Volunteers could help to safeguard vulnerable adults

Tracy WhittleTracy Whittle is Project Manager for the Volunteering in Care Homes project. This project is being run in five pilot sites across England and has been funded for three years by the Department of Health.

Following the recent Panorama programme on care home abuse, there has been renewed concern about protecting vulnerable adults in care homes.

The Care Quality Commission is quick to reassure us that such instances are rare and the Care Services Minister, Norman Lamb, has responded by outlining more punitive measures for care homes that are failing residents.

However, this response is too narrow. Nick Triggle, in his commentary, highlighted that one of the problems with safeguarding vulnerable adults in care homes is that the abuse is difficult to detect. Unlike hospitals, where members of the public come and go, care homes are private spaces with limited interaction with the public.

In this light, shouldn’t the strategy to safeguard vulnerable adults incorporate an approach that supports care homes to become more open care settings?

What can be done?

The development of a cooperative relationship between care homes and their local communities is one potential solution.

Local volunteers, recruited to share their time and talents with those of residents, could enable active citizenship and unite care home and community; creating a more open and dynamic care home environment.

Volunteering in care homes

It may sound utopian but this approach is being tested in a three year pilot project with some initial promising findings.

It would be naïve to assume that bringing volunteers into a complex and busy care home setting is going to be easy. Preparatory work with care homes, residents, relatives and volunteers have highlighted concerns on all sides. Clear processes for the recruitment, selection, training, induction and support of volunteers have been established to instil confidence in the scheme.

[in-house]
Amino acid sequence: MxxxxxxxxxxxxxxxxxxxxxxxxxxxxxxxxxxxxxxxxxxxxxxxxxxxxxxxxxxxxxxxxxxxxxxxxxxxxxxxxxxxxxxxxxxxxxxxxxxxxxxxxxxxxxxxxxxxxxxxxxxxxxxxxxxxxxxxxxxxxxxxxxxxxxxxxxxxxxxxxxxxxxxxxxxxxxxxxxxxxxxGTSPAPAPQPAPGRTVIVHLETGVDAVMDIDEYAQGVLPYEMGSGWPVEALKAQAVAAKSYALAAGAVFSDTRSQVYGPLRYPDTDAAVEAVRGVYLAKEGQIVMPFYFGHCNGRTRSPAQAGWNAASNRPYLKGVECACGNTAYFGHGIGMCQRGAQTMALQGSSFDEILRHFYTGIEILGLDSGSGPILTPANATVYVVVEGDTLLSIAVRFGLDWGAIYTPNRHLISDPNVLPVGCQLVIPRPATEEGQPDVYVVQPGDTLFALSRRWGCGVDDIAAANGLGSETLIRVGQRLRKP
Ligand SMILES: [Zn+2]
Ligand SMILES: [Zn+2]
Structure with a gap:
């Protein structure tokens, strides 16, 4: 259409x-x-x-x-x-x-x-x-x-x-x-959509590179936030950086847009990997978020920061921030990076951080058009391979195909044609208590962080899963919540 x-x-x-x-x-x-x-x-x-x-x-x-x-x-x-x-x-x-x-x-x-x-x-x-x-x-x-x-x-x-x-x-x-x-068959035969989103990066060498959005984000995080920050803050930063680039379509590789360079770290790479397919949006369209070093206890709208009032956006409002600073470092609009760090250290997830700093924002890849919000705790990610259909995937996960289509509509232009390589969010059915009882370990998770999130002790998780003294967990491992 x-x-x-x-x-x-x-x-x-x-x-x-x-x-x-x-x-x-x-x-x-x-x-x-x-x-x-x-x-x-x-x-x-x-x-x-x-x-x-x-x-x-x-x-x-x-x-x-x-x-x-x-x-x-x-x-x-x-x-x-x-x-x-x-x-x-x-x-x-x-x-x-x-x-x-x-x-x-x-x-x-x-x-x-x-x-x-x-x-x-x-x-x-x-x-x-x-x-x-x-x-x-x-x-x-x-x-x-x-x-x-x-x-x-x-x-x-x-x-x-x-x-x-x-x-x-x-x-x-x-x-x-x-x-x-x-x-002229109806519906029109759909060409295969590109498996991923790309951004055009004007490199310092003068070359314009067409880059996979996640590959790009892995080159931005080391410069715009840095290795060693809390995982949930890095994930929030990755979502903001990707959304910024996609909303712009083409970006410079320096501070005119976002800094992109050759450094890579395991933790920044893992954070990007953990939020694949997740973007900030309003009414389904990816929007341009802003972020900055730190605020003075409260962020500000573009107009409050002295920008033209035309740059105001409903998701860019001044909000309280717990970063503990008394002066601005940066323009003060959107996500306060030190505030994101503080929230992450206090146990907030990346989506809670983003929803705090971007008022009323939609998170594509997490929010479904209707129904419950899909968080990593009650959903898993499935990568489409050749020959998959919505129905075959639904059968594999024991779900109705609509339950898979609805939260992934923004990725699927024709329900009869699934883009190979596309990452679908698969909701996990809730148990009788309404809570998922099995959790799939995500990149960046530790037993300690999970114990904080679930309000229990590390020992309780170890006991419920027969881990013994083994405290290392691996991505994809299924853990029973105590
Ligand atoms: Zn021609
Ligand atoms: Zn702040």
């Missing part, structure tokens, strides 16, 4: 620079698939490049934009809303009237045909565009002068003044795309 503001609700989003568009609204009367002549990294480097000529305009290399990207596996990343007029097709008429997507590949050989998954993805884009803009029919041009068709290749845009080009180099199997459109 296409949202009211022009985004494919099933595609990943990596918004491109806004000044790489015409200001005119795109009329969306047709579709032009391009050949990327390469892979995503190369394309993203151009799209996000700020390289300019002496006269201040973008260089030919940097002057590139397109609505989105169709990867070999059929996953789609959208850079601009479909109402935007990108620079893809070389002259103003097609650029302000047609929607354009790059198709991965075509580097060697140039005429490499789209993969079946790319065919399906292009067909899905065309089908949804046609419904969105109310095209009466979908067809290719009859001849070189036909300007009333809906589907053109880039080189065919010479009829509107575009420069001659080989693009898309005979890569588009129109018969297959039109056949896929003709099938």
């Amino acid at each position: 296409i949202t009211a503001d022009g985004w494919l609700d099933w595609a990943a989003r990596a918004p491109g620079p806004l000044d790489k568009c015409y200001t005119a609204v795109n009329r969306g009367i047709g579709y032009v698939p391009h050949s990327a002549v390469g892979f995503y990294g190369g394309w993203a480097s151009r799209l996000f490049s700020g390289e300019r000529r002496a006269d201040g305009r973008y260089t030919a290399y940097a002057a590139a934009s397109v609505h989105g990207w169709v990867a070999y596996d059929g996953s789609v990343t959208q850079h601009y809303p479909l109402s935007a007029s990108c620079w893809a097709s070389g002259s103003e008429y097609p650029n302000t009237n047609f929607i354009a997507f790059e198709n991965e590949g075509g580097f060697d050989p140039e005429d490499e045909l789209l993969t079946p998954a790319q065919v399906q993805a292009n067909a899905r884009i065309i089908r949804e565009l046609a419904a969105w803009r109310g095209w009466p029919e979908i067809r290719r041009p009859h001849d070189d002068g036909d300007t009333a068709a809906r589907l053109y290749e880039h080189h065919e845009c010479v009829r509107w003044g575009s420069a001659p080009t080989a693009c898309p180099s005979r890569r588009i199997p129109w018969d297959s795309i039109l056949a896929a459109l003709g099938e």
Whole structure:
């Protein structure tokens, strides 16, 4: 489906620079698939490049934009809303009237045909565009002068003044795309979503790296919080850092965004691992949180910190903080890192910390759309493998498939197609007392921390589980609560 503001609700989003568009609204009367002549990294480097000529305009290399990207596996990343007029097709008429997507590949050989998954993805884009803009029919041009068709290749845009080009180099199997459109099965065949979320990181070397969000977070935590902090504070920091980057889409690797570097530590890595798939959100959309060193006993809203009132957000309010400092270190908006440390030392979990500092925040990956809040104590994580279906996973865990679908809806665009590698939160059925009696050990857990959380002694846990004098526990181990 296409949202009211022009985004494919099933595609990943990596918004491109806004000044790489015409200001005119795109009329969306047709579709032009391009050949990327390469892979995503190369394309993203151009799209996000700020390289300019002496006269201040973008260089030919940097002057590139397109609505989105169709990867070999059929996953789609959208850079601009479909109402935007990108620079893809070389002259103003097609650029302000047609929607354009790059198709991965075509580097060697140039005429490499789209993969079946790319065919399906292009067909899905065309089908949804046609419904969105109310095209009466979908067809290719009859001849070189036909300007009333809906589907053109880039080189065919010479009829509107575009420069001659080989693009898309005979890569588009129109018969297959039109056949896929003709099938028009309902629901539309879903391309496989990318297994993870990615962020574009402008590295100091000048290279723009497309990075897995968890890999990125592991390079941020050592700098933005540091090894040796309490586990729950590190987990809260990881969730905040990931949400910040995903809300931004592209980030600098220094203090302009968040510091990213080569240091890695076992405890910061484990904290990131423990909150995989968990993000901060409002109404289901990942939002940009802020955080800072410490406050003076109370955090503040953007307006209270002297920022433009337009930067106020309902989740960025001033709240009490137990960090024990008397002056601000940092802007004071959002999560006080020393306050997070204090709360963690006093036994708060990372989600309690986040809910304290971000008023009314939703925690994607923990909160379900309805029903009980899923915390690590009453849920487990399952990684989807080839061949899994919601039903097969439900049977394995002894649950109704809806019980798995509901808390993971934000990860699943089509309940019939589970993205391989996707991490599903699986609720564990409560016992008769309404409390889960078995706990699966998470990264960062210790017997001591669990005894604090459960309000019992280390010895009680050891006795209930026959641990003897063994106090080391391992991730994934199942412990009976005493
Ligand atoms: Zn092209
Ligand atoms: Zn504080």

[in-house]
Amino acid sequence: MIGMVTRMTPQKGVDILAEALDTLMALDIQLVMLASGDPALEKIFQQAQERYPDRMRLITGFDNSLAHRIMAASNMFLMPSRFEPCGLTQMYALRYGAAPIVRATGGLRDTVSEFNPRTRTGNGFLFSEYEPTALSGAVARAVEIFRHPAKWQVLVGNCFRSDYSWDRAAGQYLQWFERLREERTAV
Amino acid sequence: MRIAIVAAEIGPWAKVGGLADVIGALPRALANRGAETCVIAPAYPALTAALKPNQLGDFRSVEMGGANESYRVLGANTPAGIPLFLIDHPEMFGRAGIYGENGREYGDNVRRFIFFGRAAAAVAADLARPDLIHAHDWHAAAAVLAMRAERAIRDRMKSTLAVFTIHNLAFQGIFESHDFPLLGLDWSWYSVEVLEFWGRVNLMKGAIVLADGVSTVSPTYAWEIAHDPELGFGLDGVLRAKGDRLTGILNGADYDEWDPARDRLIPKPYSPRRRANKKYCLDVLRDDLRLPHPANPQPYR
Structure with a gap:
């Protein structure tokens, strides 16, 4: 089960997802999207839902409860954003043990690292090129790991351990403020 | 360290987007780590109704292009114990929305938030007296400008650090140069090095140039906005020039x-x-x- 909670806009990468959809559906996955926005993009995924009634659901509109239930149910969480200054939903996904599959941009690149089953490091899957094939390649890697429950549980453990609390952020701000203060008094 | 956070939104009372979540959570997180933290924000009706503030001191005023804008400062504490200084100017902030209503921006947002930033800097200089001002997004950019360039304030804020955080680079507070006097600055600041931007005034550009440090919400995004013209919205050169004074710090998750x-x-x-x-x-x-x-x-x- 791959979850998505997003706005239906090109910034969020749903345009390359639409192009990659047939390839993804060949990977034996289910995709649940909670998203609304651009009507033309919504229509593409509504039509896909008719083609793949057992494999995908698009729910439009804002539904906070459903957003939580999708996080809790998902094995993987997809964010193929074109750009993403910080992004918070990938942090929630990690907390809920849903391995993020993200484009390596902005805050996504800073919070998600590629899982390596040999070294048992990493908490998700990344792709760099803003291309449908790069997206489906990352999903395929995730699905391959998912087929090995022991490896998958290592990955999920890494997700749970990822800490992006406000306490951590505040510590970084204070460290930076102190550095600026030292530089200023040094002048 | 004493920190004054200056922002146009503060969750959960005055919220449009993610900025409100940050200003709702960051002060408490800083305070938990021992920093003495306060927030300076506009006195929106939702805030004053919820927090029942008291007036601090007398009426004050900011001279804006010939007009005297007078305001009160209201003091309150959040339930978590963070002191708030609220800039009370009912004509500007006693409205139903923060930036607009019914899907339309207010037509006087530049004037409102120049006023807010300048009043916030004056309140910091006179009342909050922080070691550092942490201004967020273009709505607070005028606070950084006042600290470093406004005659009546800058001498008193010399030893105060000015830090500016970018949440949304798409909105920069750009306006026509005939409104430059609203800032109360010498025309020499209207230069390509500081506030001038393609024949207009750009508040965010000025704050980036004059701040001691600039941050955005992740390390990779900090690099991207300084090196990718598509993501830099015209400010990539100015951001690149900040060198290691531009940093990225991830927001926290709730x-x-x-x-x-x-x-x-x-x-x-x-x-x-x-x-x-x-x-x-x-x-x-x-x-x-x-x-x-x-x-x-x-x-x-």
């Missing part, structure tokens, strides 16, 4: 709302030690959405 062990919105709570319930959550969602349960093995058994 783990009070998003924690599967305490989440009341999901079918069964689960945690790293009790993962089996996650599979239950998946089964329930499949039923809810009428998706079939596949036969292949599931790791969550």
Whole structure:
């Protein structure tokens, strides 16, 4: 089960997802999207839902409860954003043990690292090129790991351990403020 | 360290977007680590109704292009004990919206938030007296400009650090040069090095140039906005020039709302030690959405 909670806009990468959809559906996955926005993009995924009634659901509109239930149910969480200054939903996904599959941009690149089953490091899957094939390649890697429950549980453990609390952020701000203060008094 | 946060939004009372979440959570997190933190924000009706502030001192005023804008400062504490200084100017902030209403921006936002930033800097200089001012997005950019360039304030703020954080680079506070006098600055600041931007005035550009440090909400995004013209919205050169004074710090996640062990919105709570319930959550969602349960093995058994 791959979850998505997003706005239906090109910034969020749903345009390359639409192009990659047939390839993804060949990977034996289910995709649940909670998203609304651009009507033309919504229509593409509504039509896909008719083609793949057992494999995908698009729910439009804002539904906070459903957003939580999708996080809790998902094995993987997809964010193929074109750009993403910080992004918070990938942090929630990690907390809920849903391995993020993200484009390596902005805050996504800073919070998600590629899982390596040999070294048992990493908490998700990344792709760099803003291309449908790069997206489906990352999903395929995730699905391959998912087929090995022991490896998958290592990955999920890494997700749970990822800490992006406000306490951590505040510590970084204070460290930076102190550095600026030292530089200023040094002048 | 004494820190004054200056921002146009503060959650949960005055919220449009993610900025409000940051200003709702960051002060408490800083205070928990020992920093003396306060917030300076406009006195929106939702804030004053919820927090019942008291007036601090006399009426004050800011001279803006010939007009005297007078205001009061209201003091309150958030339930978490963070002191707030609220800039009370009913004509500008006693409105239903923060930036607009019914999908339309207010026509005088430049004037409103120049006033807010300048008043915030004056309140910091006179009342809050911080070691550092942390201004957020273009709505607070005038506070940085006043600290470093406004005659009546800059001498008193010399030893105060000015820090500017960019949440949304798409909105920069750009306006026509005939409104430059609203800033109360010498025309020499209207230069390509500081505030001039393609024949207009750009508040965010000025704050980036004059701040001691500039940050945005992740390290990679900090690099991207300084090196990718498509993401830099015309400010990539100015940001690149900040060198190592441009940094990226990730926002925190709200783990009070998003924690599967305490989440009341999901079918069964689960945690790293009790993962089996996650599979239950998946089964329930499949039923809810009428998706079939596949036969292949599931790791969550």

In spite of these concerns, the relationships that have been established between volunteers and residents have been a success. There have been reports of residents appearing happier on having received volunteer support to engage in an activity of their choice. Care home staff have come to recognise the value of volunteering in their homes and, as a consequence, the relationship between community and care home has become more open and collaborative. On some sites, for example, care homes have offered the use of their meeting rooms for volunteer training and support meetings. On others, the number of visits from volunteers has increased as they feel welcome to “pop in” when passing by.

Looking forward

While we have yet to evaluate the full impact of volunteering on resident, care home and community, the additional energy, diversity and capacity that volunteers bring is already noticeable.

In the remaining two years of the project we will capture the good practice that underpins these changes and through learn and share events make this knowledge widely available.

Care homes will then be in a better position to understand what creates successful volunteering in their homes and how to engage with their local communities to make it happen.

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